An’ you tell me ’tis twenty five years? Well, I don’t begrudge you one of those years. An’ did we get married on Valentine’s Day. Yerra, weren’t we the romantic couple. Listen, I, I won’t be able to make it here for tomorrow, but would you maybe nip out an’ buy a Valentine Card from me to you an’ sure I promise you I’ll sign it as soon as I get back – an’ I’ll pick you a nice bunch o’ flowers on the way home."

"I didn’t ask you for flowers," says I, "Deliberately. Do you mind the last time I asked for flowers, you brung me back a whin bush! You’re about as romantic as an oul’ billygoat!"

 

Ay," says he, "Now you’re talking. I can lep like a billygoat. No better man."

 

God is he thick! Don’t talk to me… But I’ll stop, for Finn wants to sing a song he made up. Take him with a pinch o’ salt, will you.

 

(Take off woman’s wig – or headscarf – and put on man’s cap sideways)

 

Finn: (Shtrong Kerry/ twang for his speech and song) I’m goin’ to sing a song in praise of my loving wife, her beauty and charm. Now this is much more than a song, ’tis pure poetry for all members of the Fianna had to study poetry for seven years. So here you are now, in praise of the woman I love…

 


Come all you young giants and lisht to my song

I will not detain you, I’ll not keep you long.

I will sing of a hero, his name it is Finn

And his beautiful wife with her shnowy white shkin.

 

 Dansce tap a tap deedle go one two an’ three

 Sing shweetly in fond admiration.

Now, you notisce the lovely poetry – I mean, good poetry like this, ‘her shnowy white shkin" – twould nearly give you bad thoughts.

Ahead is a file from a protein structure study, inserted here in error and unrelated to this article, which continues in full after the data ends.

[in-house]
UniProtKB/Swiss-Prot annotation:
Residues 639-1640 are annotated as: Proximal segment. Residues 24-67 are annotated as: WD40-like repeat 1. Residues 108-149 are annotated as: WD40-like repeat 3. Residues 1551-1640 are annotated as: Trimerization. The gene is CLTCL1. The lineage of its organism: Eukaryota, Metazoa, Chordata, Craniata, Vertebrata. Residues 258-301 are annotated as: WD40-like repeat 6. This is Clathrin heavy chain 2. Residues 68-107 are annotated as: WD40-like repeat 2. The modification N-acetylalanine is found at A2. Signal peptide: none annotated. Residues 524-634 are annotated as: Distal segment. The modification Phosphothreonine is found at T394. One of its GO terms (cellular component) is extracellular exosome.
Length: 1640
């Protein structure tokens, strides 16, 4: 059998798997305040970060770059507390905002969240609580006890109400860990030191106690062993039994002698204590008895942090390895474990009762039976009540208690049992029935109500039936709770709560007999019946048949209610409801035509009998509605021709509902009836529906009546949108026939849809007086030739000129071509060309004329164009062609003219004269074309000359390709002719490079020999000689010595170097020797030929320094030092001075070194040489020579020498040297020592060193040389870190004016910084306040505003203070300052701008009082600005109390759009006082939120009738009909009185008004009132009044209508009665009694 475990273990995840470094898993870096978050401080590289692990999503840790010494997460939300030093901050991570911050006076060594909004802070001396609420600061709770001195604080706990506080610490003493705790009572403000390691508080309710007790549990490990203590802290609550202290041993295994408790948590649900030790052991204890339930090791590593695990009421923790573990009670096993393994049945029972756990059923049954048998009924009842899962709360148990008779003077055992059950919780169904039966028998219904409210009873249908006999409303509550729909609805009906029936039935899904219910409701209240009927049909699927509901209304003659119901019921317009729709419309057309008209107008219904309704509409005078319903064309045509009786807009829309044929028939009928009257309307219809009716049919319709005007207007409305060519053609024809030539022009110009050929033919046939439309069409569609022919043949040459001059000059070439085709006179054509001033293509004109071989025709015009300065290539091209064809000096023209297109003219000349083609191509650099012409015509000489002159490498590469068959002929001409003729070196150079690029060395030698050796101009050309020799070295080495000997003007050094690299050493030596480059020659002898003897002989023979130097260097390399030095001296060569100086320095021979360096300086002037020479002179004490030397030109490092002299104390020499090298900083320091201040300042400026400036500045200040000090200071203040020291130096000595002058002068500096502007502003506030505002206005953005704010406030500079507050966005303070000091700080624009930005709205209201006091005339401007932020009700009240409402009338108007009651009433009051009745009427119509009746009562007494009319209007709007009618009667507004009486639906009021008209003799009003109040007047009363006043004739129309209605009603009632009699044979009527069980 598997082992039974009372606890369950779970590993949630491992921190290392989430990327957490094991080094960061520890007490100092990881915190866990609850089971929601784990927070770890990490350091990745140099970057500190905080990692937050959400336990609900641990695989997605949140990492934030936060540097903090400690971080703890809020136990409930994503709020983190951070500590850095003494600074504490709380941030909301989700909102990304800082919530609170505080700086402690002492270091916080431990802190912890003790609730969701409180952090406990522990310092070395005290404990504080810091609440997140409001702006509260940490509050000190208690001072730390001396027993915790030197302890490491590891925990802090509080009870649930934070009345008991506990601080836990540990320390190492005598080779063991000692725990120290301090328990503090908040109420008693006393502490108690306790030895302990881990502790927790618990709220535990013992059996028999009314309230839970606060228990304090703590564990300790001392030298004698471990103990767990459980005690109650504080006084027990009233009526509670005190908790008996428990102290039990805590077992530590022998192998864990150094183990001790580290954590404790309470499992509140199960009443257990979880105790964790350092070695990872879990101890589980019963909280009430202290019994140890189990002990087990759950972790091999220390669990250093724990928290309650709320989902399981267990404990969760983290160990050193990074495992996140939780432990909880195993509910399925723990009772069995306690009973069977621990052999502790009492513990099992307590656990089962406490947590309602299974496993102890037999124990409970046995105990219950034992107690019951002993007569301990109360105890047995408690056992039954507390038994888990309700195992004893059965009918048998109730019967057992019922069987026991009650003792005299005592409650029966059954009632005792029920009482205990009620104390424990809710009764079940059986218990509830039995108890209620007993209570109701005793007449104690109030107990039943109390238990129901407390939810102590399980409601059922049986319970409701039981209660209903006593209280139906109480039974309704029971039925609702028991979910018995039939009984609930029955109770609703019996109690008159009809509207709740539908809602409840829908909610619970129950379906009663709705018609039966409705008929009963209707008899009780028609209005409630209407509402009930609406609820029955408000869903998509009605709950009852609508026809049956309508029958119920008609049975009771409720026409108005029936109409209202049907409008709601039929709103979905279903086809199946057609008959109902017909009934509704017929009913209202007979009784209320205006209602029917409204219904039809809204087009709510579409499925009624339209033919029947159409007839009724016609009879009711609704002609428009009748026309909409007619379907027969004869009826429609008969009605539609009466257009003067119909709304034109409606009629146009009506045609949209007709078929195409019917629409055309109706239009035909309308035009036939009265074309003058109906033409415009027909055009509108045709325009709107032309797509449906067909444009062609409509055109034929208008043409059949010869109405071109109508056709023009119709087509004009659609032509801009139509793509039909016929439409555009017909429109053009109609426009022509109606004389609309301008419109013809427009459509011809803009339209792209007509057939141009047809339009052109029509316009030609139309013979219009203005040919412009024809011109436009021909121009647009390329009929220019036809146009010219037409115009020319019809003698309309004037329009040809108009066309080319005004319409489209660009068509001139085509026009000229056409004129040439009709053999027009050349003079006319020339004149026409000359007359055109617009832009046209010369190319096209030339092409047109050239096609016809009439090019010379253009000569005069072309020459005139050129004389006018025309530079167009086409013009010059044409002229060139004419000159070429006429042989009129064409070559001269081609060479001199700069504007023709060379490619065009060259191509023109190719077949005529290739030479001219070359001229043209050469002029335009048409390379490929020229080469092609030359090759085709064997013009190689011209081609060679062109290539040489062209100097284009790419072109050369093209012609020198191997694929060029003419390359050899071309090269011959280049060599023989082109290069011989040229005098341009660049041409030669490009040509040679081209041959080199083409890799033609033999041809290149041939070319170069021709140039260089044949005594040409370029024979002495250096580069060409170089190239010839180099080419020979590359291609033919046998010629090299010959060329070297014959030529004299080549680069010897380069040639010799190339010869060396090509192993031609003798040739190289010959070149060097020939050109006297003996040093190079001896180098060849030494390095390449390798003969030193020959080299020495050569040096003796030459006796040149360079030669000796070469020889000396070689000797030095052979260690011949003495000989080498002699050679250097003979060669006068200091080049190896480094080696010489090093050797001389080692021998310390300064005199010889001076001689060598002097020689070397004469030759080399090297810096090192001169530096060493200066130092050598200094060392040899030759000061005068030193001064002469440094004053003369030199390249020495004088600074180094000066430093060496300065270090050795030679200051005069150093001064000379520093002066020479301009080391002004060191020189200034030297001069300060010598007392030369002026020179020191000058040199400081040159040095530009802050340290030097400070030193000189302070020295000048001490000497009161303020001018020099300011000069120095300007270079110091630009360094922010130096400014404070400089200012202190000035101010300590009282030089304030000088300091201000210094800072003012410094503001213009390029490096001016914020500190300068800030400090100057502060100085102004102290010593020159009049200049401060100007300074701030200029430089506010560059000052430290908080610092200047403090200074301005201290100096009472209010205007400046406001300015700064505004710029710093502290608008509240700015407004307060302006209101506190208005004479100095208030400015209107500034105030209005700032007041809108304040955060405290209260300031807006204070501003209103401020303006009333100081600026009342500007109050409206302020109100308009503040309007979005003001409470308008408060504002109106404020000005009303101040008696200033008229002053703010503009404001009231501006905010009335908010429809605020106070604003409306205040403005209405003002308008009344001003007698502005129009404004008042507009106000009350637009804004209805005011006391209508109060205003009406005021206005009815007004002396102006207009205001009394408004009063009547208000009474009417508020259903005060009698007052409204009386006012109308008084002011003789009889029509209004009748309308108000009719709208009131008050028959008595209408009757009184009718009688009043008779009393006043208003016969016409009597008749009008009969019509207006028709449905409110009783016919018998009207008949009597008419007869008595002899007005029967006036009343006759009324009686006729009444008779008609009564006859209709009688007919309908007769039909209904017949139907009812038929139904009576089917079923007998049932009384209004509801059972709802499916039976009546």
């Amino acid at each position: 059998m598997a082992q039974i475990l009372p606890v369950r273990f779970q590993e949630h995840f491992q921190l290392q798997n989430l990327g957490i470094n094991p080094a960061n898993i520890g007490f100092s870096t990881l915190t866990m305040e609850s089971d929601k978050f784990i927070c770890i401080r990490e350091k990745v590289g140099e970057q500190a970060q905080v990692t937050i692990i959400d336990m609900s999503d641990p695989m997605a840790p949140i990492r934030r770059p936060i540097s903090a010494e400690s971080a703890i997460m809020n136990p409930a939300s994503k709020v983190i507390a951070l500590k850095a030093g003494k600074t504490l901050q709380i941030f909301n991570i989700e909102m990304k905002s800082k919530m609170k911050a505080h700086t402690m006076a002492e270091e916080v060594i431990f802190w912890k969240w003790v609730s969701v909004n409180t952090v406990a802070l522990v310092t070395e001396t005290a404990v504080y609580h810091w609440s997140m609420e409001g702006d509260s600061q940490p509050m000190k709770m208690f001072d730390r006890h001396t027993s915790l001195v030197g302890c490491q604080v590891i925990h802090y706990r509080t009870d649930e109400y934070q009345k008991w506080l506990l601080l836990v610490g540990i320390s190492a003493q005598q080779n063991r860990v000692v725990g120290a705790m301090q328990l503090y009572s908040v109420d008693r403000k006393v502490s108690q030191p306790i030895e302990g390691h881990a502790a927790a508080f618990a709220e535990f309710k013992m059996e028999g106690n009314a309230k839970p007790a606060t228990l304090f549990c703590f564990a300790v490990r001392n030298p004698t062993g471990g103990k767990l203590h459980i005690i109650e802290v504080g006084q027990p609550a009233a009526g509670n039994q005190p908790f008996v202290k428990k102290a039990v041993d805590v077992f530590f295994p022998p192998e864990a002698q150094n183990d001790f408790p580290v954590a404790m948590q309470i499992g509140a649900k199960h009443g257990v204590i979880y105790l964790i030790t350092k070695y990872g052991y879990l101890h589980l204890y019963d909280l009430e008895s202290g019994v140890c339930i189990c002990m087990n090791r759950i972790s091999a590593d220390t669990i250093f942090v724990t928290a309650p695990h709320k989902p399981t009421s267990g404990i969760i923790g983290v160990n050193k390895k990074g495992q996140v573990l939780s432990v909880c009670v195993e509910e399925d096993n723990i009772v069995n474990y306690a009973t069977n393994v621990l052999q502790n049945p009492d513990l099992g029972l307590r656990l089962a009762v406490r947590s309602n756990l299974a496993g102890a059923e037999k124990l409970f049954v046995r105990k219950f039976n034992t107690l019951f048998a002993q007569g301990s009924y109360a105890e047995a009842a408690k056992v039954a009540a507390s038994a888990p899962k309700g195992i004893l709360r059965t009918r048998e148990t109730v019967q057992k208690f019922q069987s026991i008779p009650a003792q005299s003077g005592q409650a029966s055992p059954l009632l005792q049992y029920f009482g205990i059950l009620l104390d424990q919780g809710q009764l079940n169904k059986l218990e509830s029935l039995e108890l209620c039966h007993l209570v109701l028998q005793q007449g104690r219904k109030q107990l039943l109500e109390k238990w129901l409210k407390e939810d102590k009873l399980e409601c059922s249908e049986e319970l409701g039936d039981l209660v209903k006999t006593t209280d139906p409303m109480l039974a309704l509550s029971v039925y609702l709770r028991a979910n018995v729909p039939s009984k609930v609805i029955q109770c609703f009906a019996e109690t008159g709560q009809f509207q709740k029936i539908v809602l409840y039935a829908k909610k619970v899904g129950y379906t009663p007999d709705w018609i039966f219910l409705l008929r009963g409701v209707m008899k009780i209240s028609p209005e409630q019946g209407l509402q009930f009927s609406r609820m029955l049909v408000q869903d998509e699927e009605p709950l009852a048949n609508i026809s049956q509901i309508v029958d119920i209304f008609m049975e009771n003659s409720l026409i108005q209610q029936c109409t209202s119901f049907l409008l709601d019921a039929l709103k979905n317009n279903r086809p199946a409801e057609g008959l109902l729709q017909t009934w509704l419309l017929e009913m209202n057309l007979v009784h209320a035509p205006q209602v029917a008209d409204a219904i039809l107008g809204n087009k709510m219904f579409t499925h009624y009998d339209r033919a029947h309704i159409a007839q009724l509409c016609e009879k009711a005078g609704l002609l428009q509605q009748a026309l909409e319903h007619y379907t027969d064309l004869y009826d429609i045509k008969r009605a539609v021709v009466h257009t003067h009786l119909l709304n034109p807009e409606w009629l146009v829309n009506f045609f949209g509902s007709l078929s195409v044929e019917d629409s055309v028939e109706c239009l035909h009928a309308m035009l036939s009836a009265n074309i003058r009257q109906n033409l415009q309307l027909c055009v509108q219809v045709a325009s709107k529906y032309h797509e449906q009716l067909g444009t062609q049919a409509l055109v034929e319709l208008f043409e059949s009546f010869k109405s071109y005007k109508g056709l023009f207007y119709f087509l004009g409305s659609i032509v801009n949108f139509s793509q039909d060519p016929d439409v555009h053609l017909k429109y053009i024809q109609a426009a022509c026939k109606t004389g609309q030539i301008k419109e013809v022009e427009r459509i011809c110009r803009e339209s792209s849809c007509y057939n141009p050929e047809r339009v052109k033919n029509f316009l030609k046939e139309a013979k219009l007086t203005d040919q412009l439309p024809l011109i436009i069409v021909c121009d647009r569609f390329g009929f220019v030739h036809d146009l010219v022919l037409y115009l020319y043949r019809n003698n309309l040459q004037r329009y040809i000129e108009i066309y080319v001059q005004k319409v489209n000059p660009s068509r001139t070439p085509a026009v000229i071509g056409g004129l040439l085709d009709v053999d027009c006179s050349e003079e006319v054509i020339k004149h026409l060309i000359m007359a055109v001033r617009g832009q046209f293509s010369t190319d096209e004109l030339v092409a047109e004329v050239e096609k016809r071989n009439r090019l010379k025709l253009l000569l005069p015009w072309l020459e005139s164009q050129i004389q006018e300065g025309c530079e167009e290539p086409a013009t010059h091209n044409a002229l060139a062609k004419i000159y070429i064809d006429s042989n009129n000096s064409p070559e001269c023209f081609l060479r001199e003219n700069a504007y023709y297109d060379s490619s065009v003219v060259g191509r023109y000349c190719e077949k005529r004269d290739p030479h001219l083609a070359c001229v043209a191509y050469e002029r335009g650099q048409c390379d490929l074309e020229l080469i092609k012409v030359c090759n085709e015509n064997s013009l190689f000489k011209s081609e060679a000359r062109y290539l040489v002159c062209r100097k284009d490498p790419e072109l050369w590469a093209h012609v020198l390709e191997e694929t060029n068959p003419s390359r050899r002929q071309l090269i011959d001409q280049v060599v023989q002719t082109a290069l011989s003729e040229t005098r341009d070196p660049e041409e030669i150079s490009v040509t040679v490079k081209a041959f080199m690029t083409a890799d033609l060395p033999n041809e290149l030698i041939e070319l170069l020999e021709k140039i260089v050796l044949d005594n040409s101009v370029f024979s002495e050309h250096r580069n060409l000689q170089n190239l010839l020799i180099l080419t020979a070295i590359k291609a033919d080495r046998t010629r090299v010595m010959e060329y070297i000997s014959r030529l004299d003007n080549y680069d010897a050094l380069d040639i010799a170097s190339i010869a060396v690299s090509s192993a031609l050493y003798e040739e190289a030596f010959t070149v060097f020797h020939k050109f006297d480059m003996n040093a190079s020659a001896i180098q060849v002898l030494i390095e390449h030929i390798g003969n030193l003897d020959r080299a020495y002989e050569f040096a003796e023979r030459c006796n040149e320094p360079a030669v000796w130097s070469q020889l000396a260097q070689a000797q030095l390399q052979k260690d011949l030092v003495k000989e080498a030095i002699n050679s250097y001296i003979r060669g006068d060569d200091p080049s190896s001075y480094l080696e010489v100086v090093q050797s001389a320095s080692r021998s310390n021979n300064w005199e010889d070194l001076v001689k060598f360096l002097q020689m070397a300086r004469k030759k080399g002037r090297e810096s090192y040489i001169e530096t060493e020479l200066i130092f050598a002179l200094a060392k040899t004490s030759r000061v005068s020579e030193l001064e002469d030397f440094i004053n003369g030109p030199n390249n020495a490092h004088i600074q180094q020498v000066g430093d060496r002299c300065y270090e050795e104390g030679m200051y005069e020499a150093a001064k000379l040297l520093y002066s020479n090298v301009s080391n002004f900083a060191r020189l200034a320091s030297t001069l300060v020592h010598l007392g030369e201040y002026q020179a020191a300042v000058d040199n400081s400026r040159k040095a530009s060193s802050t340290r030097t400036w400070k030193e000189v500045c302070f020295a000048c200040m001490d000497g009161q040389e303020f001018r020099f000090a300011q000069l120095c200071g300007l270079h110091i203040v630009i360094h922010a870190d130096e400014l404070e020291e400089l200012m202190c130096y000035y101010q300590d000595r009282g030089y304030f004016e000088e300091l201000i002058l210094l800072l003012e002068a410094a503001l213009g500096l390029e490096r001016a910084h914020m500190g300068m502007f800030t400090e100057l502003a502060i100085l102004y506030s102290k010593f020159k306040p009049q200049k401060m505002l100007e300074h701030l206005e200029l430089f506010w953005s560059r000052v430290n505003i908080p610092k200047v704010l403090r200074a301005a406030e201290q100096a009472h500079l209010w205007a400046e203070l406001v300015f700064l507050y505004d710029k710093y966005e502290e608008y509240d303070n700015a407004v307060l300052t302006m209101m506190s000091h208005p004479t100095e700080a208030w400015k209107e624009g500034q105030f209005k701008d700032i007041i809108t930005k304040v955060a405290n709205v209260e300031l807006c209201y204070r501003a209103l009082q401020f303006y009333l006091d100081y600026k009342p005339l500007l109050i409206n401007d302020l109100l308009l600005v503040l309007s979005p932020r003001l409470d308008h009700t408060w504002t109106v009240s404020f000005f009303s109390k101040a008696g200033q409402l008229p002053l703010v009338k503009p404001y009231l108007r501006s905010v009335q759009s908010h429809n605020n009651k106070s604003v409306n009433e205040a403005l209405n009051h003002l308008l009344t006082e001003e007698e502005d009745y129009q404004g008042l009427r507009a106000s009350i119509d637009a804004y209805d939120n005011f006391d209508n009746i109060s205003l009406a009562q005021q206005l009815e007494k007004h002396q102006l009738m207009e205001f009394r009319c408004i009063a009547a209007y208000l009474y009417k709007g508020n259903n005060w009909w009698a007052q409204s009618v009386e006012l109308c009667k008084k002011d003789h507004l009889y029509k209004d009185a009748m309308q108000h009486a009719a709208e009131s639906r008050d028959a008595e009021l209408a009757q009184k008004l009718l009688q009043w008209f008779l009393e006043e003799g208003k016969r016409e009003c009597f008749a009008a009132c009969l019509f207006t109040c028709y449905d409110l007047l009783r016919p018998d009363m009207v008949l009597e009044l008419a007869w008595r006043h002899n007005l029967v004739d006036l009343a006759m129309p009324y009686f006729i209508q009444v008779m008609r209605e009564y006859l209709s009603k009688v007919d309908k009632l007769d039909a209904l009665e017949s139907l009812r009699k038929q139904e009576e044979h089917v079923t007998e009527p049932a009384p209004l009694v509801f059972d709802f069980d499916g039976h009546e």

Oh, I once met a woman, the fairest I’ve seen

A beautiful lovely shweet Irish colleen.

I ashked her to marry me, then held my breath,

She said "I’ll put up with you, dear, until death."

 Dansce tap a tap deedle did ever you dream

 Of a love shtory half so romantic?

 

My Missus she dansces, she dansces with joy

She dansces attendansce on me, her big boy.

She shteps through the kitchen as gay as could be

She cooks porridge an’ turnips an’ shpuds just for me.

 Dansce tap a tap deedle go one two and three

 In heav’n we were made for each other.

 

I said to my Missus, to my own turtle dove,

"Have you milk for my shpuds, my dear shweetheart, my love

She waltzed to the byre and she milked our shweet cow

An she said to me "Dear, are you satishfied now?"

 Dansh tap a tap deedle go one two and three

 We’re as happy as pigeons in shpringtime

 

She shkips to the river, my bright comely queen

And fondly she washes my drawers in the shtream

I think she adores me from bald head to socks

And she says I am handsome and cute as a fox

 Dansce tap a tap deedle go one two and three

 She says "How did I ever deserve you?"

 

She dansced into bed, proud of my daring deeds

I said "Be romantic, for I have my needs,

And when you are done, sure our work never shtops

Will you dansce to the field for to empty the slops

 Dansce tap a tap deedle go one two and three

 I could cry overcome with emotion

 

My love for my wife has me crazy, a fool

Her name it is (pause) dear Mrs Big Finn McCool.

The pride of.. (pause) whereever she comes from, I’m sure

She’s the flower of.. that same place, so gentle and pure,

 Dansce tap a tap deedle go one two an’ three

 Shweet Mrs McCool, we adore you.

 

To end my shmart ditty, dear men, I will…

 

What? What do you mean you want to sing the last verse? But are you sure you can sing, my dear? Oh… (looks knocked to be losing the limelight) Very well, so… (to audience) 

 

My Missus wants to sing the last verse

 

(Wig on again for woman to sing)

Oh what can I say, girls, to such loving words

I think it is clear he’s away with the birds.

He’s dumb, he’s absurd, but I’ll have the last word,

I’ll domesticate Finn or I’ll leave him.

 

 Dance tap a tap deedle, go one two and three

 He must share my workload or make do without me

 He can empty his own slops, his turds and wee-wee,

 Or I’ll leave his dysfunctional family.